The two gymnasts were so successful at the 2022 Commonwealth Games that they each won as many gold medals in this one competition as they had previously won in their entire careers.
After winning her first gold medal at the 2022 Commonwealth Games the television broadcast attempted to conduct an interview with Georgia Godwin. But Godwin was so overcome with emotion that she broke into tears and had to take a pause before she could complete even her first sentence. The reaction perfectly conveyed the feeling an athlete must feel after finally breaking an 8-year gold medal drought.
Godwin and Fenton didn’t just win any competition, but the Commonwealth Games. It is one of the largest Olympic-style sporting events after the Olympics themselves. The 2022 Commonwealth Games featured numerous Olympic stars such as Australia’s Emma McKeon who won seven medals in swimming at the 2021 Olympics. There was also Jamaican sprinter Elaine Thompson-Herah who won three gold medals at the 2021 Olympics while also boasting a career total of six Olympic medals (5 gold, 1 silver).
The 2022 Commonwealth Games are said to have achieved 1.4 million ticket sales and the winners of various events including Godwin herself are receiving national media coverage in their respective countries. For fans of Team England and Team Australia, they will cheer on any athlete in any sport if a gold medal is won for their country. The Commonwealth Games is one of the few events on the calendar that is a major draw for causal fans who don’t usually follow gymnastics year round.
Godwin has received exceptionally favorable coverage with the media taking note of her strong commentary in support of #GymnastAlliance. The media has been quick to highlight Godwin as an example that older athletes can achieve success in women’s gymnastics. Godwin herself is quick to frame her story as an example of how a non-abusive training environment that prioritizes mental health is a winning strategy.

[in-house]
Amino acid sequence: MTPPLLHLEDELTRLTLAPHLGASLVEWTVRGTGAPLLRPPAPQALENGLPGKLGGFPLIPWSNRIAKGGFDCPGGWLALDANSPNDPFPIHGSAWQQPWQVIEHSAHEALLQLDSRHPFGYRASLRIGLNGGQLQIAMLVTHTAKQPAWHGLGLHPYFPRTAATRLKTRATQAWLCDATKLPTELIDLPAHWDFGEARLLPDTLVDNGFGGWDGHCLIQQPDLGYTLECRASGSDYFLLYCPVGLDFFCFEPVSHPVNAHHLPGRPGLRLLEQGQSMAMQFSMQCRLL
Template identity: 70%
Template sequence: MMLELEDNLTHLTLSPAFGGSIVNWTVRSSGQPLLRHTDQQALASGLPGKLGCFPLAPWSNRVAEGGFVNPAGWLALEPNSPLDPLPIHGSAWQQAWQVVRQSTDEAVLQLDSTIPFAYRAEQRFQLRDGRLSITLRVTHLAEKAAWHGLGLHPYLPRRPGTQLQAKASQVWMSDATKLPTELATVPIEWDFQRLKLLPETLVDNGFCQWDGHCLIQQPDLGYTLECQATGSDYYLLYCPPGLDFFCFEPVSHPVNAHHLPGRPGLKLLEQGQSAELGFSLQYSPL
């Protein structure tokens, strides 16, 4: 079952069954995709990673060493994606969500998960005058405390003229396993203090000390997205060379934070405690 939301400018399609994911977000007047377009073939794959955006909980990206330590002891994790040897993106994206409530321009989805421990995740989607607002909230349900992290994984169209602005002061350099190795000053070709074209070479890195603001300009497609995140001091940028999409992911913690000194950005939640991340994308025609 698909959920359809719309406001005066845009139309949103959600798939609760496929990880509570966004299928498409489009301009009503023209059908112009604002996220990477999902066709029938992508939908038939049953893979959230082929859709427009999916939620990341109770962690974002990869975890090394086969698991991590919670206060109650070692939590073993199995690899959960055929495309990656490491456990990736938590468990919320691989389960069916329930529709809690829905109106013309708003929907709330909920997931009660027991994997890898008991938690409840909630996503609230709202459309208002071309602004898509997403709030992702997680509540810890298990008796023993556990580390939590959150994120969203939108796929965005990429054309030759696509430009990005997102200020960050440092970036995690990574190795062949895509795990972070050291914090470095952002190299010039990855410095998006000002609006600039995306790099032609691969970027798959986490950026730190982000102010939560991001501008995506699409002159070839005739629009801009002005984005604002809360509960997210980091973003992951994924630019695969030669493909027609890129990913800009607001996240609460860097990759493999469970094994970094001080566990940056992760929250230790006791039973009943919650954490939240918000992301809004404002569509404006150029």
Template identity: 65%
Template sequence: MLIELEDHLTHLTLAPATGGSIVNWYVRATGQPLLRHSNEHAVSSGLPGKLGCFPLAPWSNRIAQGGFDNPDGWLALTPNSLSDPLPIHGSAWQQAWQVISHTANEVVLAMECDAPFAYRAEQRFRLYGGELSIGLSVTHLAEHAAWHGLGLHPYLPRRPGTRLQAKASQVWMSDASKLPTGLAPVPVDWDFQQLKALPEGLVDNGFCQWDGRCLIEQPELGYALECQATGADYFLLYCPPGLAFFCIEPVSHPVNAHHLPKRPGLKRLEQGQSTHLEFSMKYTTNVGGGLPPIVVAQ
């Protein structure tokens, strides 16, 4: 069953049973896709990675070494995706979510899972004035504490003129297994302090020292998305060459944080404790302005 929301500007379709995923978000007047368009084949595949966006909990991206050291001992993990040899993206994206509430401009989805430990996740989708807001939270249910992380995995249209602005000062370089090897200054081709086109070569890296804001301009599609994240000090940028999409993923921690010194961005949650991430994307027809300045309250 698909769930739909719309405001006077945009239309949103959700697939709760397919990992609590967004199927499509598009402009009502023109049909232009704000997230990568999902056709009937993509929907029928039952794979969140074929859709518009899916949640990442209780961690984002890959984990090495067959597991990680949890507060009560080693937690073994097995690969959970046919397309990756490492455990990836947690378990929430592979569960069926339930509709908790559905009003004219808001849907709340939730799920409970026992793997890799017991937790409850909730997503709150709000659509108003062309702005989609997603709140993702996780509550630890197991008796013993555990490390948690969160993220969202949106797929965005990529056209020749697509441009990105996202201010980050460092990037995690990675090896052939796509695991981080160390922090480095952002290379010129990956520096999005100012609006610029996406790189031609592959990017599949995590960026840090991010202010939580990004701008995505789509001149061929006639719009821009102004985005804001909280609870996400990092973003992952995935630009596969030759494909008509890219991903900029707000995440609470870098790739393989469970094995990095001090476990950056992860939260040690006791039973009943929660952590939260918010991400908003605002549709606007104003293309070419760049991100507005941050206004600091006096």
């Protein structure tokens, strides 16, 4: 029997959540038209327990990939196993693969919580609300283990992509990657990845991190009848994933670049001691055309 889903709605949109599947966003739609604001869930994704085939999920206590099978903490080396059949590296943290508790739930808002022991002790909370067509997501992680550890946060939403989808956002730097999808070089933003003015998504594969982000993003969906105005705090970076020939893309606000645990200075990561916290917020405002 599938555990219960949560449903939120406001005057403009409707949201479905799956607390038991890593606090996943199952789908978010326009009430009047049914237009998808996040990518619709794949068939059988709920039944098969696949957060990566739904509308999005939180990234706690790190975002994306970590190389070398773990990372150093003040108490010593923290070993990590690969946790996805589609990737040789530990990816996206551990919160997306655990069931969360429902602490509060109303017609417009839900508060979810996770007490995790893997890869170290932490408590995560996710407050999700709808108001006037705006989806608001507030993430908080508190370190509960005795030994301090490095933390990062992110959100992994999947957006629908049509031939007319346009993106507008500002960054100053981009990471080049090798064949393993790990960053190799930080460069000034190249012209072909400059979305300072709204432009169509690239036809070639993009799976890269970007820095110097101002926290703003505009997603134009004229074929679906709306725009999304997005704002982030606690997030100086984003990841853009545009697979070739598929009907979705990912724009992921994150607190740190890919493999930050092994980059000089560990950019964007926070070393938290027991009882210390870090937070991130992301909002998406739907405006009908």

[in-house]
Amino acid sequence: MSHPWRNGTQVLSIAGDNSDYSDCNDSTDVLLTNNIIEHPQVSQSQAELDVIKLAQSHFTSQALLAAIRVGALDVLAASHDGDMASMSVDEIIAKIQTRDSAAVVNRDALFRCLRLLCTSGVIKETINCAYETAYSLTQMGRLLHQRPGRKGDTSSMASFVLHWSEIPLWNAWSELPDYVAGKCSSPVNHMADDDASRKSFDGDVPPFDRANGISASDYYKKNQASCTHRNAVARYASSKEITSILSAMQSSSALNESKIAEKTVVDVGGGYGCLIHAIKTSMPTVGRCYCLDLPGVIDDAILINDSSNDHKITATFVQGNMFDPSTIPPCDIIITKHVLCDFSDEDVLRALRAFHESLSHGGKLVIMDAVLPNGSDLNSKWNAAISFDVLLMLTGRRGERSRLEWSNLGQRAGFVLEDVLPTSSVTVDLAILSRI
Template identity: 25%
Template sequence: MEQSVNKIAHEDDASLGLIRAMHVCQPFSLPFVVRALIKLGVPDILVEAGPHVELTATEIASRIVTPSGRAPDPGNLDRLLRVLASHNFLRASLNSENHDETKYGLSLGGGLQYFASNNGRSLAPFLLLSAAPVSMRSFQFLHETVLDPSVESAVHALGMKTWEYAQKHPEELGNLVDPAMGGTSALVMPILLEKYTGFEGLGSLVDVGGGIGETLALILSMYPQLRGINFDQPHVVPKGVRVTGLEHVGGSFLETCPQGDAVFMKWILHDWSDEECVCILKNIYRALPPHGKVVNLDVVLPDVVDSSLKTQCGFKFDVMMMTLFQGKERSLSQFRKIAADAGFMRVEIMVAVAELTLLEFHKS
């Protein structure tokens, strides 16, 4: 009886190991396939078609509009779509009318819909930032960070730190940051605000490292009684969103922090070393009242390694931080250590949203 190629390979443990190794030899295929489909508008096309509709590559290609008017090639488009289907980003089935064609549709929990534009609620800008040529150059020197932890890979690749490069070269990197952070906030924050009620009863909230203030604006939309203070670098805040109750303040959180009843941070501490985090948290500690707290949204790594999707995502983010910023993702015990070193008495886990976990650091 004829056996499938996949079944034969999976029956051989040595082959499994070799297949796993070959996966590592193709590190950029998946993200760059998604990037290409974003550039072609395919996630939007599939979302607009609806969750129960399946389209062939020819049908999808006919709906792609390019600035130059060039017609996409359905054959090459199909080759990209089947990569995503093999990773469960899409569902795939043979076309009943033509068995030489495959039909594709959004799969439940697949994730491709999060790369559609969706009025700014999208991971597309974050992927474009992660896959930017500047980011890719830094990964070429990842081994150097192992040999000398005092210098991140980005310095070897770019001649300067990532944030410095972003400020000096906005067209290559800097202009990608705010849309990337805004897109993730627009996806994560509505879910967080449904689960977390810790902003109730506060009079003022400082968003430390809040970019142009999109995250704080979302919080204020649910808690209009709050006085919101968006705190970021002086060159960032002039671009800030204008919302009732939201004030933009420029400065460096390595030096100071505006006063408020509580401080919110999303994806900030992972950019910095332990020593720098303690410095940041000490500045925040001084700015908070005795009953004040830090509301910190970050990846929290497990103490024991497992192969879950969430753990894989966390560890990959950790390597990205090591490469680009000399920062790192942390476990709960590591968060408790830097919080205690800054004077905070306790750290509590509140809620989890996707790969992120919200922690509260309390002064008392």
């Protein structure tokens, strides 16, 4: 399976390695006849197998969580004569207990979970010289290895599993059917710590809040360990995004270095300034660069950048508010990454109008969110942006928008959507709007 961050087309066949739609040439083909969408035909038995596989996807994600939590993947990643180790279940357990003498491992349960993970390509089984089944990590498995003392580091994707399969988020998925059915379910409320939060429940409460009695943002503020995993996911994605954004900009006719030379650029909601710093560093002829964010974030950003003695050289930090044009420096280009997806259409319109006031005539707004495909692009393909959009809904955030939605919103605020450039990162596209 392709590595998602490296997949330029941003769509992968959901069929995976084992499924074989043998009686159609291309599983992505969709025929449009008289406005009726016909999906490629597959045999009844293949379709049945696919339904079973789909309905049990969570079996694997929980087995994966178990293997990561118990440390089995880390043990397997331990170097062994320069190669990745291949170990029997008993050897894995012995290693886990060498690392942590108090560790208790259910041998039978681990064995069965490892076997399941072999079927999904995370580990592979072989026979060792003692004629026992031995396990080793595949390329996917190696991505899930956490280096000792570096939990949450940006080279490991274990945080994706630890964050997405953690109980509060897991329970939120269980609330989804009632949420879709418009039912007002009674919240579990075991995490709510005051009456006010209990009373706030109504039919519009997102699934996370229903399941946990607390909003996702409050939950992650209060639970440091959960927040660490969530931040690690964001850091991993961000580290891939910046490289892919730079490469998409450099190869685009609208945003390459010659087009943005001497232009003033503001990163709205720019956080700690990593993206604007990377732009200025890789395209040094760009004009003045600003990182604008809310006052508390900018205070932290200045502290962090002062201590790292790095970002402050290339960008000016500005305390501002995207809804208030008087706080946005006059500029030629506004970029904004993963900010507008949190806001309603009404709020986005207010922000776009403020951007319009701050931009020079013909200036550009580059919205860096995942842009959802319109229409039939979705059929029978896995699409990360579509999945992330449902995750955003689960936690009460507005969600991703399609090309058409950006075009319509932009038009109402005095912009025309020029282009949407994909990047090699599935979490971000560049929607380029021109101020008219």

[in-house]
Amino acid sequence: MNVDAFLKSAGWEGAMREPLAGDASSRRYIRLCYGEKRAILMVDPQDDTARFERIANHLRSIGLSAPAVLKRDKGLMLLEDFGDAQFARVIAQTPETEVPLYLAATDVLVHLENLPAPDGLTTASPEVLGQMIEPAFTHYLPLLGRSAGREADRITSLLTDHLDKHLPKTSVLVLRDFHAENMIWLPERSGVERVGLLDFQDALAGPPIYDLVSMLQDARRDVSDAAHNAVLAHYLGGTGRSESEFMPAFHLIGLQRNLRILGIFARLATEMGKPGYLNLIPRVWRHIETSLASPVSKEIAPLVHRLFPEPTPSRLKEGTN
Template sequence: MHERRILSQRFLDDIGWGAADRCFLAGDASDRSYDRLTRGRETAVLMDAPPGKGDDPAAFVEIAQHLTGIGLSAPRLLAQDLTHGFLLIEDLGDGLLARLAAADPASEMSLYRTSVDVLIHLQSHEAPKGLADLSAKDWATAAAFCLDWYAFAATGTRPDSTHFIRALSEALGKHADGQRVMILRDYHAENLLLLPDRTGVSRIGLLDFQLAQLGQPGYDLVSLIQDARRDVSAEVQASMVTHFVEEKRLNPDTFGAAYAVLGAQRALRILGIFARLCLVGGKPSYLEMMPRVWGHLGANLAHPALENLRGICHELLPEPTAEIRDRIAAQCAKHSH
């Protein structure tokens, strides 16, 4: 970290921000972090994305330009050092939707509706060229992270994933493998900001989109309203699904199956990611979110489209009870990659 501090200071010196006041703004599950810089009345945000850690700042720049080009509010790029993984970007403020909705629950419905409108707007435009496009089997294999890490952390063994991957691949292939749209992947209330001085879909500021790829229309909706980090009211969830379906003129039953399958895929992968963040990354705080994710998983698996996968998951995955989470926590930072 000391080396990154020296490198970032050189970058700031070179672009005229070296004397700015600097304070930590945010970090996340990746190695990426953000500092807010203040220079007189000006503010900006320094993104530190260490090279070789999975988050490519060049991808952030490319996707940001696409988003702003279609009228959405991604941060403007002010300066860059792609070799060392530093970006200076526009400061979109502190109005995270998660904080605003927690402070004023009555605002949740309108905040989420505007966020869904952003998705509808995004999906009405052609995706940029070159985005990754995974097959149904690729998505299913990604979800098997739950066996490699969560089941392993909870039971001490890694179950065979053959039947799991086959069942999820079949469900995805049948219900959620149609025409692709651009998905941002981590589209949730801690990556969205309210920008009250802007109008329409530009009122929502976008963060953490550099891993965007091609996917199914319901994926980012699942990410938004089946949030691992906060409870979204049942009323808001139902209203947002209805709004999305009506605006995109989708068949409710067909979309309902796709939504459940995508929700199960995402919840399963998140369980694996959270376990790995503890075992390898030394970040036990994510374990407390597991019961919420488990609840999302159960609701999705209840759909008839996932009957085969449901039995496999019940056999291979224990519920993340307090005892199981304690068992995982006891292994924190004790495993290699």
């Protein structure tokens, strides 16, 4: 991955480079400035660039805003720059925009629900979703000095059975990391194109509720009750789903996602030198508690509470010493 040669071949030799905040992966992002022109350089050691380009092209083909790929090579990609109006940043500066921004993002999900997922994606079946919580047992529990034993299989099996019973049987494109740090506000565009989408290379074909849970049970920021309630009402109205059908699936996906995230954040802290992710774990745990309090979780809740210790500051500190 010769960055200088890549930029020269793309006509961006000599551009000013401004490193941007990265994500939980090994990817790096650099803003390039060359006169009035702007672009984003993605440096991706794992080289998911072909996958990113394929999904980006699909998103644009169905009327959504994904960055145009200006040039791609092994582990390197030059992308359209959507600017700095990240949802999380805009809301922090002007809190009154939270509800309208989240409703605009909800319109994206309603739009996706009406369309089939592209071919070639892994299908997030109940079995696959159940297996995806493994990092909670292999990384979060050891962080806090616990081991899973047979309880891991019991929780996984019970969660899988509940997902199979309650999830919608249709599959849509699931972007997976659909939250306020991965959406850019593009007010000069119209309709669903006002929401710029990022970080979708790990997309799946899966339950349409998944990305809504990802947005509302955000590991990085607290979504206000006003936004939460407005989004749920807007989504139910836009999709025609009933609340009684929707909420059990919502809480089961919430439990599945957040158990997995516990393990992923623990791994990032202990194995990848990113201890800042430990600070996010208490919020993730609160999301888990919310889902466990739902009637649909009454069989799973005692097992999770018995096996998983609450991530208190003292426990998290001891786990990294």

The positive elements of Godwin’s story has allowed her to be featured in major media publications in both Great Britain and Australia. While Fenton hasn’t received as much coverage in mainstream media sources, her success on the uneven bars has certainly solidified Georgia-Mae’s reputation as one of the great bars workers of the current generation.
For two gymnasts who have been denied the spotlight for so long, in one competition they were each able to obtain what has long been overdue. They have doubled the number of gold medals in their trophy case and are receiving the attention they are rightfully owed.
One thought on “Two of the Unluckiest Gymnasts Won Gold in the Same Competition”
In the case of Georgia Godwin, she was incredibly unlucky to have missed selection for some important competitions. Notably, she was the Australian champion in 2014, but was not selected for the World Championships team. But she stuck at it – consistency and persistence are sometimes the key to success. That I think needs highlighting more than anything.